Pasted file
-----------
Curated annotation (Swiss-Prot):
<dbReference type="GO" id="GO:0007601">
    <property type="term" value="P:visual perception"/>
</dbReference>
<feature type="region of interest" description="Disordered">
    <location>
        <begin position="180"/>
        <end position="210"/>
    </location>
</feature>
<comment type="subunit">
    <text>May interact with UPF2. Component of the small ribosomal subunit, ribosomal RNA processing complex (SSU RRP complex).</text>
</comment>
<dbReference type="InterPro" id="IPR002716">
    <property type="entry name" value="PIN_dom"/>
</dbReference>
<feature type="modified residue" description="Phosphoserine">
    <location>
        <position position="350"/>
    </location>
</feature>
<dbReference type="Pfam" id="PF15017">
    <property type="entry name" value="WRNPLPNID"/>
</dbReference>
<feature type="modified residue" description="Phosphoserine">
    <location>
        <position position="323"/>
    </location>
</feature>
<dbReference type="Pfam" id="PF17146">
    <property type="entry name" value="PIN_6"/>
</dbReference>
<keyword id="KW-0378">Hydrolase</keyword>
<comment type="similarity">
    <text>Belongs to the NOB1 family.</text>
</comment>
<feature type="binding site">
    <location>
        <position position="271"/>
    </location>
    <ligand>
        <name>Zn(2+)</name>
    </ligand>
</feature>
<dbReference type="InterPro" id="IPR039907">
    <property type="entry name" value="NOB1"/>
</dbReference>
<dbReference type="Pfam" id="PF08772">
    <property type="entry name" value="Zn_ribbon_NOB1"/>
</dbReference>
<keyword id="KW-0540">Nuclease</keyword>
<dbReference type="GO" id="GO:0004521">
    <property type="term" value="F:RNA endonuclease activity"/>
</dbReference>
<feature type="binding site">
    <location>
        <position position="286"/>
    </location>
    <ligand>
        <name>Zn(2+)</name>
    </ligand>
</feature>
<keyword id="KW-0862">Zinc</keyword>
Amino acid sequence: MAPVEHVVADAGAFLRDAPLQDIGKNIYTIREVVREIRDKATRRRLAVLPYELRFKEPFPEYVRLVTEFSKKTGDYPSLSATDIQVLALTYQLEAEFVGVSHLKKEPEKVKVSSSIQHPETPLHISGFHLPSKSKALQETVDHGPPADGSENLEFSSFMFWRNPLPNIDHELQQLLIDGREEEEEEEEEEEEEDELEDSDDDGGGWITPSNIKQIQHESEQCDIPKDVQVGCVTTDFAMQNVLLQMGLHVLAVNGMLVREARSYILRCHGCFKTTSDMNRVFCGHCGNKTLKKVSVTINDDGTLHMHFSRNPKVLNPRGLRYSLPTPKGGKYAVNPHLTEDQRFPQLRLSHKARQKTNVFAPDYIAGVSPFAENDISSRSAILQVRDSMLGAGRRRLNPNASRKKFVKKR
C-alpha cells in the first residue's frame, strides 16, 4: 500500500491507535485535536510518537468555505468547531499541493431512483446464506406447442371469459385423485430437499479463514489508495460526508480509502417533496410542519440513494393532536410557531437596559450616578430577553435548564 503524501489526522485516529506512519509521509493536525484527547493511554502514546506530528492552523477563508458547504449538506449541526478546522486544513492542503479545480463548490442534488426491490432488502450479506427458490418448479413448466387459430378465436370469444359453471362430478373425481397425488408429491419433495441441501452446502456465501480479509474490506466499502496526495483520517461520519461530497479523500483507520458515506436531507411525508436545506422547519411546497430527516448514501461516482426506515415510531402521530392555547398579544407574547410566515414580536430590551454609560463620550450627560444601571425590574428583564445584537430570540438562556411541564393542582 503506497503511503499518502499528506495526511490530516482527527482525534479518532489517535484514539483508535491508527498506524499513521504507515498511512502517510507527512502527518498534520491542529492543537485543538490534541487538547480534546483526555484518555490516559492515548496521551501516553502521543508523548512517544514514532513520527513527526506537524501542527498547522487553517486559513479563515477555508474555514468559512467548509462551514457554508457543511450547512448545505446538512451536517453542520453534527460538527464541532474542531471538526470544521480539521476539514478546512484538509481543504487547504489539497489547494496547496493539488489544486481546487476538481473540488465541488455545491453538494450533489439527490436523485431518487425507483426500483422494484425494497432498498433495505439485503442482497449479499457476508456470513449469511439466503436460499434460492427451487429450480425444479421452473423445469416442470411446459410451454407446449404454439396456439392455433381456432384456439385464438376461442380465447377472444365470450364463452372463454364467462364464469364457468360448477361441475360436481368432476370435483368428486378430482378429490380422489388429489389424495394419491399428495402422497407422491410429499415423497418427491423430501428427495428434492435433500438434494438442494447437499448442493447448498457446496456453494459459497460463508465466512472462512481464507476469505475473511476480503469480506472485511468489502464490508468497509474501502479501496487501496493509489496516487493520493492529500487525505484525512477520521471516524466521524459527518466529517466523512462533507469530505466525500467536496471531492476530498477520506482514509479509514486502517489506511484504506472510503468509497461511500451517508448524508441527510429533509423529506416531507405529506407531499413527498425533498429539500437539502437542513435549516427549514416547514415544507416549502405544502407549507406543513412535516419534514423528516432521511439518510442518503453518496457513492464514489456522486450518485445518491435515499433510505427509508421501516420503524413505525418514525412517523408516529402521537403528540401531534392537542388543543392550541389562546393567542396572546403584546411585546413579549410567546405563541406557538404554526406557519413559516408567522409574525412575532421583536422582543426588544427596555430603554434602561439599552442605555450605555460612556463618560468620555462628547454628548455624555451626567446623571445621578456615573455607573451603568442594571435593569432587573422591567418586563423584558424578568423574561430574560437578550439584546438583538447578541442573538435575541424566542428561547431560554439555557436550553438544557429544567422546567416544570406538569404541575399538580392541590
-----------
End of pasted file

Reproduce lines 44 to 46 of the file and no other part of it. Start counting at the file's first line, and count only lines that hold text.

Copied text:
</feature>
<dbReference type="InterPro" id="IPR039907">
    <property type="entry name" value="NOB1"/>